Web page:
Defense Ministry preparing Japanese version of U.S. Marines

August 21, 2013

By KOJI SONODA/ Staff Writer

To strengthen protection of Japan’s outlying islands, the Defense Ministry will set up a preparatory force next fiscal year that will eventually become a Japanese version of the U.S. Marines, sources said.

The new force will be tasked with making amphibious assaults to take back Japanese islands that have been invaded by foreign militaries.

The preparatory force will be placed under the Ground Self-Defense Force’s Western Army, which is in charge of defending Kyushu and Okinawa Prefecture, the sources said.

The Western Army’s defense covers the Senkaku Islands in the East China Sea, the center of a territorial dispute with China.

Japan’s amphibious force will likely be an expansion of the Western Army’s Infantry Regiment, which has been the core unit in charge of defending outlying islands and has conducted joint training drills with the U.S. Marines for that purpose.

The move comes at a time when China is expanding its military spending and continues to make maritime advances.

Japan’s Defense Ministry will also spend more on its amphibious force functions.

The ministry plans to purchase four AAV-7 (Amphibious Assault Vehicle 7), which are also used by the U.S. Marines, in the current fiscal year, and buy two variant types of the AAV-7 in the next fiscal year.

All six vehicles will be deployed to the preparatory force for test-operations before the formation of the actual amphibious force.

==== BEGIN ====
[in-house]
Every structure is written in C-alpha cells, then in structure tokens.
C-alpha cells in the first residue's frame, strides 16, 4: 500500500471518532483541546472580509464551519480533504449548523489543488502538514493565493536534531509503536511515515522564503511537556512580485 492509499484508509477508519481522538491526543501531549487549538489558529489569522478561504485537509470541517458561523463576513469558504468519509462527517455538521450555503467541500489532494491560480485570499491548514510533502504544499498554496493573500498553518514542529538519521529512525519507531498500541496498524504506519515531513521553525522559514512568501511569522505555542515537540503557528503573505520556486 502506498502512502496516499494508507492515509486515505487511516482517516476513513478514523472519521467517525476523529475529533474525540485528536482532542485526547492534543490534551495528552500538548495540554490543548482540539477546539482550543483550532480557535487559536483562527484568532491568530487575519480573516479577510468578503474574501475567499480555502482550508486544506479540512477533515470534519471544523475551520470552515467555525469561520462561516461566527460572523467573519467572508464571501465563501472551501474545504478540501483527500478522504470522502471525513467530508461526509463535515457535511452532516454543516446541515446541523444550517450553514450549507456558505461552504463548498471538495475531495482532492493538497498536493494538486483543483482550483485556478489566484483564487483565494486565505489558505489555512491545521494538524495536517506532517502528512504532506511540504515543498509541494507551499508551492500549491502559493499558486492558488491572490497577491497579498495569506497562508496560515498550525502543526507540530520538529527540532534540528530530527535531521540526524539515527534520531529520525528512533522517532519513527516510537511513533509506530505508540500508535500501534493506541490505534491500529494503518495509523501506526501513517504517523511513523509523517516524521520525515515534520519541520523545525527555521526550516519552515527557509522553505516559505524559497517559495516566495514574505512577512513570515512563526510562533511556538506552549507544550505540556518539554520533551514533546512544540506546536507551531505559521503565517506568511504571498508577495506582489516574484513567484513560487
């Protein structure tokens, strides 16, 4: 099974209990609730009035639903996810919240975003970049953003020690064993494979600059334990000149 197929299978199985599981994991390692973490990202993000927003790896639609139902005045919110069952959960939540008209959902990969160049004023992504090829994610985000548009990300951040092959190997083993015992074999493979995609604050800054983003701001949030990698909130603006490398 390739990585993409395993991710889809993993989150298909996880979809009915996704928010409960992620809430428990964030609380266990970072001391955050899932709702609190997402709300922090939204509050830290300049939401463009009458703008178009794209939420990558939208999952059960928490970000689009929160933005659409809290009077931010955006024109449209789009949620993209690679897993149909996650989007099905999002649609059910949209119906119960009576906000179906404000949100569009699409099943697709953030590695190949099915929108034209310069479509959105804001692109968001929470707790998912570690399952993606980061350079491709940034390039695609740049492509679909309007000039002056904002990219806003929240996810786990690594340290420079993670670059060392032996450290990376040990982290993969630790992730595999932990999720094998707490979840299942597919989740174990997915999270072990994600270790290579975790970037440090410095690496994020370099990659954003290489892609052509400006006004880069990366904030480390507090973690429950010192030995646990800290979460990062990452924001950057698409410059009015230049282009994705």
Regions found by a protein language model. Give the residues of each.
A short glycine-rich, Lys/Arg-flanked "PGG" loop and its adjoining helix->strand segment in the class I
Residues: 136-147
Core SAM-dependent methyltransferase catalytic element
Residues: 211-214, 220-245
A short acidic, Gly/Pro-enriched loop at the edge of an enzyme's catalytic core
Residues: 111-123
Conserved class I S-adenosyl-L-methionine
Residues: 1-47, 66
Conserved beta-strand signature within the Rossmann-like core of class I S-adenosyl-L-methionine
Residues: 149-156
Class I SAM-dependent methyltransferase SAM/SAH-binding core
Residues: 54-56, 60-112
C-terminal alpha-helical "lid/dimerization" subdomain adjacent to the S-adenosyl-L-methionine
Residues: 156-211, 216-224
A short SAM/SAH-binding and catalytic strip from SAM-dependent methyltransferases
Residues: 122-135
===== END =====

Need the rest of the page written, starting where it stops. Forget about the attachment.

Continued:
The Defense Ministry plans to name Lt. Gen. Koichiro Bansho as commander of the Western Army as of Aug. 22. Bansho is currently deputy head of the Ground Staff Office, where he has headed a group conducting research on amphibious force functions in preparation for the creation of a Marines-like unit in the GSDF.

In addition to budgetary requests for the AAV-7 vehicles, the Defense Ministry plans to seek a major increase in research spending for the SDF’s early acquisition of the Osprey transport aircraft used by the U.S. Marines. In the current fiscal year budget, research spending was 8 million yen ($80,000) for that purpose.

The total amount included in the Defense Ministry’s budget request is expected to be 4.89 trillion yen, a 2.9-percent jump from the initial amount in the current fiscal year budget for the second straight year of increased spending.

Part of the reason for the increase is rising equipment costs due to a weaker yen.

By KOJI SONODA/ Staff Writer
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Ground Self-Defense Force members take part in a joint training drill with U.S. Marines on San Clemente Island off the U.S. West Coast in June. (Asahi Shimbun file photo)

Ground Self-Defense Force members take part in a joint training drill with U.S. Marines on San Clemente Island off the U.S. West Coast in June. (Asahi Shimbun file photo)

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  • Ground Self-Defense Force members take part in a joint training drill with U.S. Marines on San Clemente Island off the U.S. West Coast in June. (Asahi Shimbun file photo)

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